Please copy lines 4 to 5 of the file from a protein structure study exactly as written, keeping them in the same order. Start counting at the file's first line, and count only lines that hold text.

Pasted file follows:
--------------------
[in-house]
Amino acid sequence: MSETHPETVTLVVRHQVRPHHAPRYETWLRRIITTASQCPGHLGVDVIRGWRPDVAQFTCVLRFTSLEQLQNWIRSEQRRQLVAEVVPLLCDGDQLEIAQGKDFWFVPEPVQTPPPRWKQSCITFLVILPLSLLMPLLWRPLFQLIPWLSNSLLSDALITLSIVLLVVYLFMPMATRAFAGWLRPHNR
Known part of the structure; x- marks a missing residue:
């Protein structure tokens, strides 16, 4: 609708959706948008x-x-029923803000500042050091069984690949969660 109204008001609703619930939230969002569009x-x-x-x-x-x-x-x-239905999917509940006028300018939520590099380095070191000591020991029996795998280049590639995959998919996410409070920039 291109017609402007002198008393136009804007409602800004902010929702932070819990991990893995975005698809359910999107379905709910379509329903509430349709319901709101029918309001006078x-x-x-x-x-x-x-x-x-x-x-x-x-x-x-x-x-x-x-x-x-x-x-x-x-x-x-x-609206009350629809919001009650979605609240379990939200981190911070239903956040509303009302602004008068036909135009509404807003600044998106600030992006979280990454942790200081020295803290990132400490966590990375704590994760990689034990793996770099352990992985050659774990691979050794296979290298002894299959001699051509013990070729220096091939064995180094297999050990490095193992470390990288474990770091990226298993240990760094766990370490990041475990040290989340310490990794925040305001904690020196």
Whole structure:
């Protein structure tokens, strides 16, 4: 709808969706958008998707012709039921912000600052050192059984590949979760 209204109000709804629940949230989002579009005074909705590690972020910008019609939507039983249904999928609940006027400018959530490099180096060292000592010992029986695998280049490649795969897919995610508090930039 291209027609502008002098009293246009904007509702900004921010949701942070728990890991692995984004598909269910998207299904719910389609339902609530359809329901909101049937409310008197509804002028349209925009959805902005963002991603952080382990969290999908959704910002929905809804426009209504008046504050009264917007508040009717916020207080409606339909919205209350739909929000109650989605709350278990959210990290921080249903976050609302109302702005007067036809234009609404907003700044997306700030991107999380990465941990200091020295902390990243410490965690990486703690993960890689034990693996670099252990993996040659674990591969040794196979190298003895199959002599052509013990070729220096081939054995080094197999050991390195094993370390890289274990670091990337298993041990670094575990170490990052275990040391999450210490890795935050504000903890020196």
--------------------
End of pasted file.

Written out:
């Protein structure tokens, strides 16, 4: 609708959706948008x-x-029923803000500042050091069984690949969660 109204008001609703619930939230969002569009x-x-x-x-x-x-x-x-239905999917509940006028300018939520590099380095070191000591020991029996795998280049590639995959998919996410409070920039 291109017609402007002198008393136009804007409602800004902010929702932070819990991990893995975005698809359910999107379905709910379509329903509430349709319901709101029918309001006078x-x-x-x-x-x-x-x-x-x-x-x-x-x-x-x-x-x-x-x-x-x-x-x-x-x-x-x-609206009350629809919001009650979605609240379990939200981190911070239903956040509303009302602004008068036909135009509404807003600044998106600030992006979280990454942790200081020295803290990132400490966590990375704590994760990689034990793996770099352990992985050659774990691979050794296979290298002894299959001699051509013990070729220096091939064995180094297999050990490095193992470390990288474990770091990226298993240990760094766990370490990041475990040290989340310490990794925040305001904690020196």
Whole structure: